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Figure 1: Smoked Salmon (left panel) and Yogurt (right panel) on 3M™ Petrifilm™ Rapid Yeast and Mold plates after 60 hours of incubation at 25C

 


Aerobic bacteria

Like Yeast and Molds, aerobic bacteria are also ubiquitously present and indicate the overall microbiological quality of foods. Measured as the standard plate count (SPC) or the aerobic plate count (APC), the total quantitative enumeration of bacteria is one of the most frequently performed tests to assess the quality of foods. The group of organisms that belong to this category can be defined as mesophilic organisms that can grow in aerobic conditions at moderate temperatures (20-45C). The enumeration of these bacteria can be a useful tool to monitor adherence to GMPs by serving as an important indicator of trends and process drifts in routine operations.

Conventional agar-based methods that utilize Standard Methods Agar /Plate Count Agar (SMA/ PCA), or Skim Milk Plate Count Agar (SMPCA) can be time-consuming with counts available after incubation of 48-72 hours at 30-35C. The proprietary dual sensing technology of 3M™ Petrifilm™ Rapid Aerobic Count Plate leverages the oxidative and fermentative metabolic pathways of bacteria to provide end users with quantitative results within 18-24 hours for a wide variety of matrices with significantly enhanced interpretation of spreader colonies. Given the impact of high levels of aerobic bacteria on spoilage and shelf-life of foods, specifically those that are perishable in nature, the faster time to results afforded by the 3M™ Petrifilm™ Rapid Plates provides the user with valuable and actionable results in an earlier time frame.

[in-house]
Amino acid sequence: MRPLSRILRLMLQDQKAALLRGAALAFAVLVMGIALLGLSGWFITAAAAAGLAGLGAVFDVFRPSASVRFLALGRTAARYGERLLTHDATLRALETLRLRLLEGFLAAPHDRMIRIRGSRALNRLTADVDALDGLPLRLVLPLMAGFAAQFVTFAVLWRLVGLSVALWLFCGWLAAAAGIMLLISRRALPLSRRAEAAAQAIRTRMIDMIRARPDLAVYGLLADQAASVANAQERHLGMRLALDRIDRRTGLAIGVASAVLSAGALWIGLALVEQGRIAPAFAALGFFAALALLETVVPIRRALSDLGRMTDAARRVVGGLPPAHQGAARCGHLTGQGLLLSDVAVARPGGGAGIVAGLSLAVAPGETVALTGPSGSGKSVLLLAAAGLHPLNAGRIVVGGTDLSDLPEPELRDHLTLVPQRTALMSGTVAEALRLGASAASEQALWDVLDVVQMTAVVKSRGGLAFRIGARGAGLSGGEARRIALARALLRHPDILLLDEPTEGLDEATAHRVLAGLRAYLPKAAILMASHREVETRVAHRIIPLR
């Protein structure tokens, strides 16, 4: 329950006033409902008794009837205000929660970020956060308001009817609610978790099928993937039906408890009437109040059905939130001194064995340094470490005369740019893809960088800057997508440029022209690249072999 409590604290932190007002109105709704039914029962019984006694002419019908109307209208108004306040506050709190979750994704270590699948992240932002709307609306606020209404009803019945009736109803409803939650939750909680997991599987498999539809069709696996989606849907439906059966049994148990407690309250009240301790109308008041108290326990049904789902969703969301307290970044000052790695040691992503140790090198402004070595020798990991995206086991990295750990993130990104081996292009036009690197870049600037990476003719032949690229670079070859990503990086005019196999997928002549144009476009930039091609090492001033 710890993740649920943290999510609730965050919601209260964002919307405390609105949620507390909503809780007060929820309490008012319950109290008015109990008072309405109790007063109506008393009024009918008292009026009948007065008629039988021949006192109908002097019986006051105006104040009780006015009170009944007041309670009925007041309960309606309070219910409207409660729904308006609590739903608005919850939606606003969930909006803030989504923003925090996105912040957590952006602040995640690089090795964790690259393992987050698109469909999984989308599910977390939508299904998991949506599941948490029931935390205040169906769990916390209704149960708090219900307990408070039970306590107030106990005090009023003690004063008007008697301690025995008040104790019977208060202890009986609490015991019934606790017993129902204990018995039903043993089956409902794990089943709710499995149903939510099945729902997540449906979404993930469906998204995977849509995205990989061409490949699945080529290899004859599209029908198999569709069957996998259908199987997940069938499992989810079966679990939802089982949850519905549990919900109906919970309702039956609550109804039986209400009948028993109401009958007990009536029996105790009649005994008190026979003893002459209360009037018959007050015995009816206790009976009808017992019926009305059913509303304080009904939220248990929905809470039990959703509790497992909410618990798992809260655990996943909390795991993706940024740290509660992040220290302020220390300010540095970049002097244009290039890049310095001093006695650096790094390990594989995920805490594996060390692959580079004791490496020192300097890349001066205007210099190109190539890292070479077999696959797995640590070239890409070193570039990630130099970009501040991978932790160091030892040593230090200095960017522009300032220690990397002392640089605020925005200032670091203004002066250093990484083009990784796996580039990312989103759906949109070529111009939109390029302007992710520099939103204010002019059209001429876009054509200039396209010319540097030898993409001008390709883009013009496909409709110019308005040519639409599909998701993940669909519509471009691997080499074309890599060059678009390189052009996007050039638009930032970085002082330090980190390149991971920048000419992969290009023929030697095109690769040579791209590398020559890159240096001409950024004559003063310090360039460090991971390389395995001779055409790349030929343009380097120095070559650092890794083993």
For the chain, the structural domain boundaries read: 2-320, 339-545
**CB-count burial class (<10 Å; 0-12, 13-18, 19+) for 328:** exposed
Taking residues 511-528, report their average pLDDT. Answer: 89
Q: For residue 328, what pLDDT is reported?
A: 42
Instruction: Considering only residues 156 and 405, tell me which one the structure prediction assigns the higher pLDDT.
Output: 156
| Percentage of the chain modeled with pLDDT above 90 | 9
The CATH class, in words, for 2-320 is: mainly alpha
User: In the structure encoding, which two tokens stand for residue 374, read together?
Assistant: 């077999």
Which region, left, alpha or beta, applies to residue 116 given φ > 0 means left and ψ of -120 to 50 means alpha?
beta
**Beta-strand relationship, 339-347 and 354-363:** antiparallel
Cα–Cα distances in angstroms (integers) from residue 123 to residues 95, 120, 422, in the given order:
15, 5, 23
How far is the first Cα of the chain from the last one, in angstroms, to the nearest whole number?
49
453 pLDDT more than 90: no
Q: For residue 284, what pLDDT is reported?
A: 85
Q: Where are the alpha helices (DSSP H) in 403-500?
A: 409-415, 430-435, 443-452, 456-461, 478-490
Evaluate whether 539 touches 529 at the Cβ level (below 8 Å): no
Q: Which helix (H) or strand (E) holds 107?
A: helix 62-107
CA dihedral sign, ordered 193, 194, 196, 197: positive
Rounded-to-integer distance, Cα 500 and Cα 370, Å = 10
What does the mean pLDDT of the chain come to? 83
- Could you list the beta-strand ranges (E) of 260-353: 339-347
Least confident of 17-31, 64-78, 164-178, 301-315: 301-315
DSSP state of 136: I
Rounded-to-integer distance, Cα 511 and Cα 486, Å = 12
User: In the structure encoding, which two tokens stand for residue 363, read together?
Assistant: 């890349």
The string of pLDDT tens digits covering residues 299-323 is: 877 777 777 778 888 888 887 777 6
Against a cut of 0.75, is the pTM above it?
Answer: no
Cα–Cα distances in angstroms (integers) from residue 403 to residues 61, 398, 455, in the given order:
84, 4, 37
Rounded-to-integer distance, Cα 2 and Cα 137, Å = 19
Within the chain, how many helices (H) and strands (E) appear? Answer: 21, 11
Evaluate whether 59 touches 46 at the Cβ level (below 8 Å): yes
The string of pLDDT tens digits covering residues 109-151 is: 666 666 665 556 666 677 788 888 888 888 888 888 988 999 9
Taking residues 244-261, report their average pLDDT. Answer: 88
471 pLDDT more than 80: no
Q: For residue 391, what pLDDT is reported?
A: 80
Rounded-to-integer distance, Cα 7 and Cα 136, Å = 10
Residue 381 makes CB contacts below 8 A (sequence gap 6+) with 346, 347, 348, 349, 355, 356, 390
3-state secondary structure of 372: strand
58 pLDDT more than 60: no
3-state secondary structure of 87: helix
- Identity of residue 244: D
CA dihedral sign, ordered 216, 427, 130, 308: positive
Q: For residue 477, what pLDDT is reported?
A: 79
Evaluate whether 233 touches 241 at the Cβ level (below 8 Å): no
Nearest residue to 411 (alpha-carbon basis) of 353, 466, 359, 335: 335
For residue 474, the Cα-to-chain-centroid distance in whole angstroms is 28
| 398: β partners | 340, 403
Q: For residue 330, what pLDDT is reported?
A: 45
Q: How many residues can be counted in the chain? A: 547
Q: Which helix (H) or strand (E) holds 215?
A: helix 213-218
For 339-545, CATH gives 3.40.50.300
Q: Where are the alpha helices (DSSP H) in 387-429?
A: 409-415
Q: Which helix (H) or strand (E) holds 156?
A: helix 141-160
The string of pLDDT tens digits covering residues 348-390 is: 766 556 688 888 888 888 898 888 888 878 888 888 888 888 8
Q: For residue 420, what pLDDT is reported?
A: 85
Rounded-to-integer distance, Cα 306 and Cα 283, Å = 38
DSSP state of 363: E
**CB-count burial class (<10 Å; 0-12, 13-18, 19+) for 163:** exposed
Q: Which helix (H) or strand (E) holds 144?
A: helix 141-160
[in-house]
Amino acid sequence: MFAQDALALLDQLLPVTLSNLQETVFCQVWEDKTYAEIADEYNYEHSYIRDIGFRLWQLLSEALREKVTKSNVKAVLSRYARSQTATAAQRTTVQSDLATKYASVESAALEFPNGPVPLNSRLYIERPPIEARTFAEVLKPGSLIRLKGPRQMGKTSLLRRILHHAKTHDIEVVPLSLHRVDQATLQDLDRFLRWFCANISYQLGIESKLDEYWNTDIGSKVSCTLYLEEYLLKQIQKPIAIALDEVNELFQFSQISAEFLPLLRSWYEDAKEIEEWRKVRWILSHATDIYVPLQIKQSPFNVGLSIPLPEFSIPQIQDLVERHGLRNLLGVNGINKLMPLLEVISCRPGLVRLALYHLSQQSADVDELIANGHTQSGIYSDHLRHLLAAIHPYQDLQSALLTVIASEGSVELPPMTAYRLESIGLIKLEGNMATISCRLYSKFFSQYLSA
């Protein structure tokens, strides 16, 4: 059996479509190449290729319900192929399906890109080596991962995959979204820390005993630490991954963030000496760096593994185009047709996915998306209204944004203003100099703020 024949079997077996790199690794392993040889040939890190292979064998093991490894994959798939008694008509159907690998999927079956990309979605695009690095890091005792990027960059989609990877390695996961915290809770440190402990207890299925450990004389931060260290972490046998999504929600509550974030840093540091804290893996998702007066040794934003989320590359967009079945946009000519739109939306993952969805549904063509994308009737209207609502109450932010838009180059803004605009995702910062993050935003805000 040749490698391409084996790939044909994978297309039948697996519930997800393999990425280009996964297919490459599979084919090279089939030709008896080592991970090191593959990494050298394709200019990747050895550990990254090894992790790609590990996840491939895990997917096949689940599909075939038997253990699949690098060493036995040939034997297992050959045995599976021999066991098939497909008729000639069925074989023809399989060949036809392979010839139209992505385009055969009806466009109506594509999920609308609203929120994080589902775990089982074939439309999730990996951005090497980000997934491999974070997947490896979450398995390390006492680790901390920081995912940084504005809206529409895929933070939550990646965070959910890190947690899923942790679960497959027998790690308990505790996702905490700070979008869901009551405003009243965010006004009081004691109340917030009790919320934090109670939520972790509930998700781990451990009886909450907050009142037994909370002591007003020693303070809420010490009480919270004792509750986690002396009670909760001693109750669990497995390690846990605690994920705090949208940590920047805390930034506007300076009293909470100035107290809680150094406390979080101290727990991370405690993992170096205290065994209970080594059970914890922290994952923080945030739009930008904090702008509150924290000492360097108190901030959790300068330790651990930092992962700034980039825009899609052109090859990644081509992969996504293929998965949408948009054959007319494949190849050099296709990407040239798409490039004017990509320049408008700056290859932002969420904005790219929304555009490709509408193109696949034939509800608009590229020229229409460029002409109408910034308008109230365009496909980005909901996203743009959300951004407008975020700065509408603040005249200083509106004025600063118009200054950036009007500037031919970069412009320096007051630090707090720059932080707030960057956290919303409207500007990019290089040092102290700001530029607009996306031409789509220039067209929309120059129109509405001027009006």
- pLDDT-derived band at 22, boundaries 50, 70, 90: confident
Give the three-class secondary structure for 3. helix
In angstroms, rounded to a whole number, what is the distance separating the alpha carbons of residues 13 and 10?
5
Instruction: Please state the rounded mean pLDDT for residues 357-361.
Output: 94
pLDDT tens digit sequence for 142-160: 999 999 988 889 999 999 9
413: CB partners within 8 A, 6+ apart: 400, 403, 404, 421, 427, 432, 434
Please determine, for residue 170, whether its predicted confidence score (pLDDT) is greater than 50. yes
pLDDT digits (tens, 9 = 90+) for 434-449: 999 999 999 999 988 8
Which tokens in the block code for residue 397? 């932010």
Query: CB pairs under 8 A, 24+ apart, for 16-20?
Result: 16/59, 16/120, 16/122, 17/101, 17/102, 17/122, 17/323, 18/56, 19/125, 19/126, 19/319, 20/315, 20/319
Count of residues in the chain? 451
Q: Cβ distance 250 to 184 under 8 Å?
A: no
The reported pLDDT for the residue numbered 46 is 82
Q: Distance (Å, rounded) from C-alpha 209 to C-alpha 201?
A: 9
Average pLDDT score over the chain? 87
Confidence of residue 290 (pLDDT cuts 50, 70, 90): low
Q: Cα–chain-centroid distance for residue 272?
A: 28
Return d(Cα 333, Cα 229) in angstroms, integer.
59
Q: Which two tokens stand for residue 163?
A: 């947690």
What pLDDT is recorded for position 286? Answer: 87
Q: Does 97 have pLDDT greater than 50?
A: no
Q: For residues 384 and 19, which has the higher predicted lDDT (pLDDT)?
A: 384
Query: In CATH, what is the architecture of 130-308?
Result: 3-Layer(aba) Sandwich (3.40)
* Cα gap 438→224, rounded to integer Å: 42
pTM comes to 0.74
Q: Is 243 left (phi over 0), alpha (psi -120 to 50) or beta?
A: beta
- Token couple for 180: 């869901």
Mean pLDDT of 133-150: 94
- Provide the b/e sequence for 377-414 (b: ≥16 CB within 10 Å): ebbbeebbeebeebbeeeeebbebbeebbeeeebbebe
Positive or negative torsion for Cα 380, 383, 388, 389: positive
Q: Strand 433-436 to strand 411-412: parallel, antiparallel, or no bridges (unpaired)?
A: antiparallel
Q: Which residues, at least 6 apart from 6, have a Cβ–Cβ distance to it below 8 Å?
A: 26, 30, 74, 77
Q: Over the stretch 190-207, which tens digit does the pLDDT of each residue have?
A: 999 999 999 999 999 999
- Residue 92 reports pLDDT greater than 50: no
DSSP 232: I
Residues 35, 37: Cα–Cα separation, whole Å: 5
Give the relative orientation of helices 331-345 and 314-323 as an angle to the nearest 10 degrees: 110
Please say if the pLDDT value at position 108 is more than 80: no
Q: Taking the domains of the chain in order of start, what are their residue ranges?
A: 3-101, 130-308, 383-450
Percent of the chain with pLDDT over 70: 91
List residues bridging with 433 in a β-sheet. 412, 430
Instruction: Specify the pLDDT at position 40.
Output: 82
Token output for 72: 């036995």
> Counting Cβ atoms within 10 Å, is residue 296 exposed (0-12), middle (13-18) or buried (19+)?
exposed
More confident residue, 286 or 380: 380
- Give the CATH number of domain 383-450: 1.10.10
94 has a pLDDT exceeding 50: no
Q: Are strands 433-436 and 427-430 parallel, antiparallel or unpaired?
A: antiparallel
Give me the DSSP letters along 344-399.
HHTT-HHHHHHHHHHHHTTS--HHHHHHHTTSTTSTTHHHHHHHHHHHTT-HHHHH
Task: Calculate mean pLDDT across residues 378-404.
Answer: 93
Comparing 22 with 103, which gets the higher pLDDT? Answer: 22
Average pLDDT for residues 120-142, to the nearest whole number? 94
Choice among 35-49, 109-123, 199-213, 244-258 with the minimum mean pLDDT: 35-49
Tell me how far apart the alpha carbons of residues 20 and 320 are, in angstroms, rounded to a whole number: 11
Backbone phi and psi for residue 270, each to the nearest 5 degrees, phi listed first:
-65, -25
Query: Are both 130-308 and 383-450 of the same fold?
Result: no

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Figure 2: Raw milk isolate on 3M™ Petrifilm™ Rapid Aerobic Count Plate (right panel) or standard methods agar (left panel) after 24 hour incubation at 32C

 


Escherichia coli
and coliform bacteria 

The E. coli/coliform bacteria are perhaps the oldest class of bacteria to serve as quality and hygiene indicators with coliform bacteria having served as an indicator for hygiene in water and foods since the late 1800’s. Defined as aerobic or facultatively anerobic, gram negative non-spore forming rods, coliforms are characterized by their lactose fermenting ability with acid and gas at 35 C within 48 hours. The pervasive presence of E. coli in feces and subsequent detection in water established this organism, a subset within the coliform group as a hygiene indicator whose presence was presumed to ‘indicate’ the increased likelihood of pathogen presence.